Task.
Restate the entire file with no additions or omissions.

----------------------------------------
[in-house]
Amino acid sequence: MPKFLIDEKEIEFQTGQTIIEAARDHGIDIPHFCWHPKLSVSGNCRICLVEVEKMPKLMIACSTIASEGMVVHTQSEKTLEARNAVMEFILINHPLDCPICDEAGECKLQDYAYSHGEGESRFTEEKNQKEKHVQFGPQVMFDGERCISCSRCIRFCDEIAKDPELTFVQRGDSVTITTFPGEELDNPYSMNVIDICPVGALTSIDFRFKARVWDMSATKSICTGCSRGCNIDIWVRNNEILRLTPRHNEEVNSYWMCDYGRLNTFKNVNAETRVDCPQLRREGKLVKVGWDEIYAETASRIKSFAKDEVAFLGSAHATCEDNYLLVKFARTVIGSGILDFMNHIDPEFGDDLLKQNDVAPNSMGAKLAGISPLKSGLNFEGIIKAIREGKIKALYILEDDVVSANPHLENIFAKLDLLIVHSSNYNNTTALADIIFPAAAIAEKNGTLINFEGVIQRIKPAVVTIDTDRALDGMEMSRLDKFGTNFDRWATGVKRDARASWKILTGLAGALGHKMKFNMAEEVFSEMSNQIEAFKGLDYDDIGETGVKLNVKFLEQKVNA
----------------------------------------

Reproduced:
[in-house]
Amino acid sequence: MPKFLIDEKEIEFQTGQTIIEAARDHGIDIPHFCWHPKLSVSGNCRICLVEVEKMPKLMIACSTIASEGMVVHTQSEKTLEARNAVMEFILINHPLDCPICDEAGECKLQDYAYSHGEGESRFTEEKNQKEKHVQFGPQVMFDGERCISCSRCIRFCDEIAKDPELTFVQRGDSVTITTFPGEELDNPYSMNVIDICPVGALTSIDFRFKARVWDMSATKSICTGCSRGCNIDIWVRNNEILRLTPRHNEEVNSYWMCDYGRLNTFKNVNAETRVDCPQLRREGKLVKVGWDEIYAETASRIKSFAKDEVAFLGSAHATCEDNYLLVKFARTVIGSGILDFMNHIDPEFGDDLLKQNDVAPNSMGAKLAGISPLKSGLNFEGIIKAIREGKIKALYILEDDVVSANPHLENIFAKLDLLIVHSSNYNNTTALADIIFPAAAIAEKNGTLINFEGVIQRIKPAVVTIDTDRALDGMEMSRLDKFGTNFDRWATGVKRDARASWKILTGLAGALGHKMKFNMAEEVFSEMSNQIEAFKGLDYDDIGETGVKLNVKFLEQKVNA